20 years ago on this date, May 10, 1994, a child serial killer A.K.A The Killer Clown by the name of John Wayne Gacy, was executed by lethal injection in Illinois.
Mug shot of John Wayne Gacy
John Wayne Gacy, Jr. (March 17, 1942 – May 10, 1994) was an American serial killer and rapist, also known as the Killer Clown, who was convicted of the sexual assault and murder of a minimum of 33 teenage boys and young men in a series of killings committed between 1972 and 1978 in Chicago, Illinois.
All of Gacy's known murders were committed inside his Norwood Park home; his victims would typically be lured to this address by force or deception and all but one victim was murdered by either asphyxiation or strangulation with a tourniquet (his first victim was stabbed to death). Gacy buried 26 of his victims in the crawl space of his home; three further victims were buried elsewhere on his property, while the bodies of his last four known victims were discarded in the Des Plaines River.
Convicted of 33 murders, Gacy was sentenced to death for 12 of these killings on March 13, 1980. He spent a total of 14 years on death row before he was executed by lethal injection at Stateville Correctional Center on May 10, 1994.
Gacy became known as the "Killer Clown" due to his charitable services at fundraising events, parades and children's parties where he would dress as "Pogo the Clown", a character he devised himself.
“Perhaps the emotional event that pushed me over the (philosophical) edge was the John Wayne Gacy case some years ago. I visited him on death row. During our hour-long conversation he was totally unrepentant; in fact, he was arrogant. He insisted that he was a Christian, that he believed in Christ, yet he showed not a hint of remorse. The testimony in the trial, of course, was overwhelming. I don't think anybody could possibly believe that he did not commit those crimes, and the crimes were unspeakably barbaric. What I realized in the days prior to Gacy's execution was that there was simply no other appropriate response than execution if justice was to be served. There are some cases like this—the Oklahoma bombing a case in point—when no other response is appropriate, no other punishment sufficient for the deliberate savagery of the crime.”- Chuck Colson, quoted in his article, ‘Capital Punishment: A Personal Statement’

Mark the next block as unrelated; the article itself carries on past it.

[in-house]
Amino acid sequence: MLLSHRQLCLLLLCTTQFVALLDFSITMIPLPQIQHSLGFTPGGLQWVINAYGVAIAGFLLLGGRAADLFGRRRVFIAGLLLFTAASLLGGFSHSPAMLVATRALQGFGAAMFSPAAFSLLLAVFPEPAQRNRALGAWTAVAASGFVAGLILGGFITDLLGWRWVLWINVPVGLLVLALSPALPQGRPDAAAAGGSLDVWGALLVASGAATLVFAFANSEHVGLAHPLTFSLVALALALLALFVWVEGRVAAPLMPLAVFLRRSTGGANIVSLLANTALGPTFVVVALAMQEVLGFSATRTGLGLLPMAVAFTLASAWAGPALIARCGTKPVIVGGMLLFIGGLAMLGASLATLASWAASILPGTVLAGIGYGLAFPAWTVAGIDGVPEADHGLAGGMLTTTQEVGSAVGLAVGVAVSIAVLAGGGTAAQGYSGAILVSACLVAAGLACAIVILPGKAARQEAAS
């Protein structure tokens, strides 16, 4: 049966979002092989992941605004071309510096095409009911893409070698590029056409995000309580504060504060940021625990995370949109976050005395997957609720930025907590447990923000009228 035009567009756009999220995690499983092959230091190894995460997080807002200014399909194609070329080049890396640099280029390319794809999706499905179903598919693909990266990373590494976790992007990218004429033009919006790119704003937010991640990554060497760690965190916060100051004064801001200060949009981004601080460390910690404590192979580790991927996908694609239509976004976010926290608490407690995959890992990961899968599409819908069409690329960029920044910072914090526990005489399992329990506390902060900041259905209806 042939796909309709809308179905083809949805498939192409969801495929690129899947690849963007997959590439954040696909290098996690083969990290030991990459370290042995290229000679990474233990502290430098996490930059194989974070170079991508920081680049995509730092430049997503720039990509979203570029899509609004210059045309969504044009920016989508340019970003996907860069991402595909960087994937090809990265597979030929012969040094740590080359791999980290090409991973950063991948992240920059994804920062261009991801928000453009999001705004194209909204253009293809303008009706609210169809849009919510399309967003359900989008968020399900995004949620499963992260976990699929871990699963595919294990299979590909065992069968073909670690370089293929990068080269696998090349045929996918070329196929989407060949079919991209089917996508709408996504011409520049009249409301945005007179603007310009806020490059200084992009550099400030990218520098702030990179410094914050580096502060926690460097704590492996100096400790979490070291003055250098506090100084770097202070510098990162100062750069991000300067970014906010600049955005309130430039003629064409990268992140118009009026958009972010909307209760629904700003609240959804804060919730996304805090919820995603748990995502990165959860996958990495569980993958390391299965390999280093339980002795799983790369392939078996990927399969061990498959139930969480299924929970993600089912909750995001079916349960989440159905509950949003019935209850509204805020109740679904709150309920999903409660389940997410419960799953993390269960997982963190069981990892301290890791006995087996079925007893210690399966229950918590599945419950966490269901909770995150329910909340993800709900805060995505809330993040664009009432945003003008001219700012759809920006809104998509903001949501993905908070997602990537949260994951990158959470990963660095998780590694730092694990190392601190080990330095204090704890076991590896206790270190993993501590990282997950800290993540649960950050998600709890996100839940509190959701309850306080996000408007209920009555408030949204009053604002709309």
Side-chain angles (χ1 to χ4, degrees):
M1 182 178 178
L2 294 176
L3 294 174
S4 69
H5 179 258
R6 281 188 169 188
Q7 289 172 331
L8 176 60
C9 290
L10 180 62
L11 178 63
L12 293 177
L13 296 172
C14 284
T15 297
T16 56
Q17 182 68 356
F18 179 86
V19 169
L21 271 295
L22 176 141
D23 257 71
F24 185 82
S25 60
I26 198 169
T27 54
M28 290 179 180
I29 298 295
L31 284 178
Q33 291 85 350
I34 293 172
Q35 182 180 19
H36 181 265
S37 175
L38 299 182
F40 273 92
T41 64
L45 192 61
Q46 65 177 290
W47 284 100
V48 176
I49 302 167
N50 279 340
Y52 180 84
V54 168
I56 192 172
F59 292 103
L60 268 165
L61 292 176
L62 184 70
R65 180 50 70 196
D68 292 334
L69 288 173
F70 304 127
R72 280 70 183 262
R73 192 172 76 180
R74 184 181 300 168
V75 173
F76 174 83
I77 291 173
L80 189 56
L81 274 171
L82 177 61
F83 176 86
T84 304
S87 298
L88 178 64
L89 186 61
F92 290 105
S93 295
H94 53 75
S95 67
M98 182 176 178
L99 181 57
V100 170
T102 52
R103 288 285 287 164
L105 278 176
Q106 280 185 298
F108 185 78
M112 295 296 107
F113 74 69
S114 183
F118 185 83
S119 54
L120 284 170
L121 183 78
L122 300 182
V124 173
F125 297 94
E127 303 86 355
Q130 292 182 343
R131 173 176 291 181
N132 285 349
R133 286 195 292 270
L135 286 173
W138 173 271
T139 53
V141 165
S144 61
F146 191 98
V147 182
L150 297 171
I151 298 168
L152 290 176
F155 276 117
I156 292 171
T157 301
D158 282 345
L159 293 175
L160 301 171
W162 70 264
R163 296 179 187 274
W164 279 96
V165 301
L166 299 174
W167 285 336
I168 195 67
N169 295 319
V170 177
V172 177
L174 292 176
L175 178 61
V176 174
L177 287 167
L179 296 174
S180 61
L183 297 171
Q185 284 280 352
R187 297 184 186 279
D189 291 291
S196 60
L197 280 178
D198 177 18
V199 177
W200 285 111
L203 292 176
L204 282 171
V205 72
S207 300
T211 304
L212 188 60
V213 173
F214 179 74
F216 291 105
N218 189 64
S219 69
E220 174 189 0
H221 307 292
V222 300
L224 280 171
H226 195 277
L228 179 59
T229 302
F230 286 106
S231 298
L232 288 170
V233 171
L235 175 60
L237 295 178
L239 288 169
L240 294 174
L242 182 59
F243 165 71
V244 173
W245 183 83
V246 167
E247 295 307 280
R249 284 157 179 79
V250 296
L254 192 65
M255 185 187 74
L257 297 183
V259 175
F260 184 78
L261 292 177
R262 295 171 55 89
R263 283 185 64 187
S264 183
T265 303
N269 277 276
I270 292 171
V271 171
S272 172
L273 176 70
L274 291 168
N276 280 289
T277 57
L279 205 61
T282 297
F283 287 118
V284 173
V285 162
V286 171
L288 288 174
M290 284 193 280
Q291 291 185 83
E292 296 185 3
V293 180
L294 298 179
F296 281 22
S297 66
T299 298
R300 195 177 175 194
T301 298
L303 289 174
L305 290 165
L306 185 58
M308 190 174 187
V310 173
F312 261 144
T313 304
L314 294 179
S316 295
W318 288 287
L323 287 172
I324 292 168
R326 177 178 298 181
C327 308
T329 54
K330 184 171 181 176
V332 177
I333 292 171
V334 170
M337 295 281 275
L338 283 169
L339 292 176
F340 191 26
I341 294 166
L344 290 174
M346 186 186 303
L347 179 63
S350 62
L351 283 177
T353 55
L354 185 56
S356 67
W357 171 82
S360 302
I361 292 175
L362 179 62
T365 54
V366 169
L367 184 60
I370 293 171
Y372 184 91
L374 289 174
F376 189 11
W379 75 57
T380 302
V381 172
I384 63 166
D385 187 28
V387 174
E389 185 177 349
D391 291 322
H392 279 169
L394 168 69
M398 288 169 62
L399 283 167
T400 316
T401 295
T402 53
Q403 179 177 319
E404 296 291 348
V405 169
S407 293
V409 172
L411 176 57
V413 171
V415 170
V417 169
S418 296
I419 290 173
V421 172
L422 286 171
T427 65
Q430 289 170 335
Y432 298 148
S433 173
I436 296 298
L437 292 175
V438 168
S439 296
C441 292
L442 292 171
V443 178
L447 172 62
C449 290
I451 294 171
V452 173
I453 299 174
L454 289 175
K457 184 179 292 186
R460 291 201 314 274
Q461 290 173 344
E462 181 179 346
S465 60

Gacy as "Pogo the Clown"